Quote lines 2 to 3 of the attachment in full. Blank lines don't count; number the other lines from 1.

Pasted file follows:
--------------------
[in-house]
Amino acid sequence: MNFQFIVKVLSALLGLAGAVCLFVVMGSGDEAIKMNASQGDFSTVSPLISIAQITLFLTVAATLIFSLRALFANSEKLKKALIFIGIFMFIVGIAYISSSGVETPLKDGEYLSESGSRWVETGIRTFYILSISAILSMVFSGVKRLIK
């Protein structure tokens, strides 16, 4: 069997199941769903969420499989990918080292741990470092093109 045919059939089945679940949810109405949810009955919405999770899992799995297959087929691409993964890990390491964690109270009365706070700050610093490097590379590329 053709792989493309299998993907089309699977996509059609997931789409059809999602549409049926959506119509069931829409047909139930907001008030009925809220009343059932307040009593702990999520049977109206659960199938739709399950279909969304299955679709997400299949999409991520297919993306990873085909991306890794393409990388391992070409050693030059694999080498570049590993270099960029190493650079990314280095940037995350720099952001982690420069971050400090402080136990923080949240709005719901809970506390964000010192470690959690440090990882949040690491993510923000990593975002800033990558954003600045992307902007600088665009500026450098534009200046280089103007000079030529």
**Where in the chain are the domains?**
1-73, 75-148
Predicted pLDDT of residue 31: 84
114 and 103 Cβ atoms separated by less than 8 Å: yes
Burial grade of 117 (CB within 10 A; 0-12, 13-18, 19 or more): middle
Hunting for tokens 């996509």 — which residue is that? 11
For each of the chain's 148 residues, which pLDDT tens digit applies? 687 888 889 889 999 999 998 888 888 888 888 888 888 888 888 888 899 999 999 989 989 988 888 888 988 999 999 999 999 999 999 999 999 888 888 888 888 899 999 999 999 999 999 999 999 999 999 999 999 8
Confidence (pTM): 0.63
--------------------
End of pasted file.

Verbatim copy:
Amino acid sequence: MNFQFIVKVLSALLGLAGAVCLFVVMGSGDEAIKMNASQGDFSTVSPLISIAQITLFLTVAATLIFSLRALFANSEKLKKALIFIGIFMFIVGIAYISSSGVETPLKDGEYLSESGSRWVETGIRTFYILSISAILSMVFSGVKRLIK
């Protein structure tokens, strides 16, 4: 069997199941769903969420499989990918080292741990470092093109 045919059939089945679940949810109405949810009955919405999770899992799995297959087929691409993964890990390491964690109270009365706070700050610093490097590379590329 053709792989493309299998993907089309699977996509059609997931789409059809999602549409049926959506119509069931829409047909139930907001008030009925809220009343059932307040009593702990999520049977109206659960199938739709399950279909969304299955679709997400299949999409991520297919993306990873085909991306890794393409990388391992070409050693030059694999080498570049590993270099960029190493650079990314280095940037995350720099952001982690420069971050400090402080136990923080949240709005719901809970506390964000010192470690959690440090990882949040690491993510923000990593975002800033990558954003600045992307902007600088665009500026450098534009200046280089103007000079030529």